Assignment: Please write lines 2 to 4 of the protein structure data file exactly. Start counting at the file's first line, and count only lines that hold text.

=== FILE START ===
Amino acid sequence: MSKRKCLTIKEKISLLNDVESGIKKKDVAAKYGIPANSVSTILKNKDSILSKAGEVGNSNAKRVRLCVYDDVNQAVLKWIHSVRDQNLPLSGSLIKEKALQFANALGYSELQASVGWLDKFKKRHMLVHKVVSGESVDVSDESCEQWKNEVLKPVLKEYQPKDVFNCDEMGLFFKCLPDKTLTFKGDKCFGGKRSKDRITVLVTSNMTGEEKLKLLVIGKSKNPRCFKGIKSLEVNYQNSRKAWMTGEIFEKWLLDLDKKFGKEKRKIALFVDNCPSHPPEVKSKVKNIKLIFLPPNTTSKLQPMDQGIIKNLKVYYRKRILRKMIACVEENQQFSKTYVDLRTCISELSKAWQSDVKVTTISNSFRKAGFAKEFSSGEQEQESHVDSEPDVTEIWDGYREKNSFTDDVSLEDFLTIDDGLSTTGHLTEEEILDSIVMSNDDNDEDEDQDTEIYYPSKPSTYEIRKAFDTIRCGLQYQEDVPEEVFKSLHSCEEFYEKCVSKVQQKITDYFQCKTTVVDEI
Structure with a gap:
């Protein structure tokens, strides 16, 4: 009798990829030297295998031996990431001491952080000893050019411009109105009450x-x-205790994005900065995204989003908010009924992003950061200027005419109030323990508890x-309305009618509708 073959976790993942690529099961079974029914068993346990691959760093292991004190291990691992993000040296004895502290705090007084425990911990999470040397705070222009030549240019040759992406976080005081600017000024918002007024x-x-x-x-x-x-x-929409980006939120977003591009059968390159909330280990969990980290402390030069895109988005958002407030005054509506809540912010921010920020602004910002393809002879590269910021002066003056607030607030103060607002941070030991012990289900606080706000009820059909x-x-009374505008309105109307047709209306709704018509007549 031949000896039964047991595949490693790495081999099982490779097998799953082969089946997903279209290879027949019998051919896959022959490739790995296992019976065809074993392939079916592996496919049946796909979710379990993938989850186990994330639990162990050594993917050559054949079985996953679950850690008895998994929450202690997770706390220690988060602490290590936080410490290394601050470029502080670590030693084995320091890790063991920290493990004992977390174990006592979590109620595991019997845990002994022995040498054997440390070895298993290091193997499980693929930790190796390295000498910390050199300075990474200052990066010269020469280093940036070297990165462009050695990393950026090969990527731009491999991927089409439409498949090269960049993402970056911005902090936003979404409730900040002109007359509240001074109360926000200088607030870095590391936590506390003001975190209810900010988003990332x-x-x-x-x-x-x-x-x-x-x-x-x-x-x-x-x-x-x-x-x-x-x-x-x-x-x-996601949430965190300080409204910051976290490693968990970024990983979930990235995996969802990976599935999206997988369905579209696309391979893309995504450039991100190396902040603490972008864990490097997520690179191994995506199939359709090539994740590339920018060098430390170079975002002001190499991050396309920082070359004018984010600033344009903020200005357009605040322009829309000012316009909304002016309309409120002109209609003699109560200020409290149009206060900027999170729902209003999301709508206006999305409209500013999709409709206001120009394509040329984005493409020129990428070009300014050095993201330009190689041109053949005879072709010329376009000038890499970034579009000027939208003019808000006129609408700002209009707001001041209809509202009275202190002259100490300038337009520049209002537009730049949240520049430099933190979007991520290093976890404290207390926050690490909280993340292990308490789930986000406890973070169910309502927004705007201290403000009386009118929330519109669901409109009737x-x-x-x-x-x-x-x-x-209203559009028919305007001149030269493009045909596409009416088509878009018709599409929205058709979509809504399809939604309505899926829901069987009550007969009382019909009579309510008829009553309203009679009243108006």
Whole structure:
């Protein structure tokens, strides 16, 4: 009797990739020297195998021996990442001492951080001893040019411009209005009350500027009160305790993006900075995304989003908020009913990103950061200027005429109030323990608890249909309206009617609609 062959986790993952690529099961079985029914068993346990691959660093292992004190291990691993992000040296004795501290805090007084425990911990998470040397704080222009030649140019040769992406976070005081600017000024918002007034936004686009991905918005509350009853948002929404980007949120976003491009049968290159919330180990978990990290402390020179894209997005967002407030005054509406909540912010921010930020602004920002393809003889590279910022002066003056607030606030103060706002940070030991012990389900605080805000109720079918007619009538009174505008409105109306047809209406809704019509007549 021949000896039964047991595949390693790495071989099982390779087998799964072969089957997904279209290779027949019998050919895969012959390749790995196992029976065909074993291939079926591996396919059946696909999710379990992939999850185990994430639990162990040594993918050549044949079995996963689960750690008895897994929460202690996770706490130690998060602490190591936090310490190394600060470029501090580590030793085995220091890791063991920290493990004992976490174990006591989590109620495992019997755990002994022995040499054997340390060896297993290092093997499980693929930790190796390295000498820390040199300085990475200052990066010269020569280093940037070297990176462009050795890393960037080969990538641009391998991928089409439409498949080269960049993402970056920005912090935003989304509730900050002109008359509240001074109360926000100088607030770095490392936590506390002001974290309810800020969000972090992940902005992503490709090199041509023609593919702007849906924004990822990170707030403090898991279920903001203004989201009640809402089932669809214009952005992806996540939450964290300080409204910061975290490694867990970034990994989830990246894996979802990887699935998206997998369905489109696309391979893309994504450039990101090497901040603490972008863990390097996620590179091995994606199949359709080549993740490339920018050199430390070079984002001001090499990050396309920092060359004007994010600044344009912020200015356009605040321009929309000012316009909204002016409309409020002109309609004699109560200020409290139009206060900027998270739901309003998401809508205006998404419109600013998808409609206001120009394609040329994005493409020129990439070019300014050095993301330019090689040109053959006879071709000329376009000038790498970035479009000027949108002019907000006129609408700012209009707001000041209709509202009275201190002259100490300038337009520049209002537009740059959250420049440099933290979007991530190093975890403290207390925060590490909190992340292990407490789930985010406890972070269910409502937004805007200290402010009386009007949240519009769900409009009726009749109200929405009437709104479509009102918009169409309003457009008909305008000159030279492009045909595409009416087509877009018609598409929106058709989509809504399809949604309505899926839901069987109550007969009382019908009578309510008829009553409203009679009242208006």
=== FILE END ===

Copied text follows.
Structure with a gap:
């Protein structure tokens, strides 16, 4: 009798990829030297295998031996990431001491952080000893050019411009109105009450x-x-205790994005900065995204989003908010009924992003950061200027005419109030323990508890x-309305009618509708 073959976790993942690529099961079974029914068993346990691959760093292991004190291990691992993000040296004895502290705090007084425990911990999470040397705070222009030549240019040759992406976080005081600017000024918002007024x-x-x-x-x-x-x-929409980006939120977003591009059968390159909330280990969990980290402390030069895109988005958002407030005054509506809540912010921010920020602004910002393809002879590269910021002066003056607030607030103060607002941070030991012990289900606080706000009820059909x-x-009374505008309105109307047709209306709704018509007549 031949000896039964047991595949490693790495081999099982490779097998799953082969089946997903279209290879027949019998051919896959022959490739790995296992019976065809074993392939079916592996496919049946796909979710379990993938989850186990994330639990162990050594993917050559054949079985996953679950850690008895998994929450202690997770706390220690988060602490290590936080410490290394601050470029502080670590030693084995320091890790063991920290493990004992977390174990006592979590109620595991019997845990002994022995040498054997440390070895298993290091193997499980693929930790190796390295000498910390050199300075990474200052990066010269020469280093940036070297990165462009050695990393950026090969990527731009491999991927089409439409498949090269960049993402970056911005902090936003979404409730900040002109007359509240001074109360926000200088607030870095590391936590506390003001975190209810900010988003990332x-x-x-x-x-x-x-x-x-x-x-x-x-x-x-x-x-x-x-x-x-x-x-x-x-x-x-996601949430965190300080409204910051976290490693968990970024990983979930990235995996969802990976599935999206997988369905579209696309391979893309995504450039991100190396902040603490972008864990490097997520690179191994995506199939359709090539994740590339920018060098430390170079975002002001190499991050396309920082070359004018984010600033344009903020200005357009605040322009829309000012316009909304002016309309409120002109209609003699109560200020409290149009206060900027999170729902209003999301709508206006999305409209500013999709409709206001120009394509040329984005493409020129990428070009300014050095993201330009190689041109053949005879072709010329376009000038890499970034579009000027939208003019808000006129609408700002209009707001001041209809509202009275202190002259100490300038337009520049209002537009730049949240520049430099933190979007991520290093976890404290207390926050690490909280993340292990308490789930986000406890973070169910309502927004705007201290403000009386009118929330519109669901409109009737x-x-x-x-x-x-x-x-x-209203559009028919305007001149030269493009045909596409009416088509878009018709599409929205058709979509809504399809939604309505899926829901069987009550007969009382019909009579309510008829009553309203009679009243108006």
Whole structure: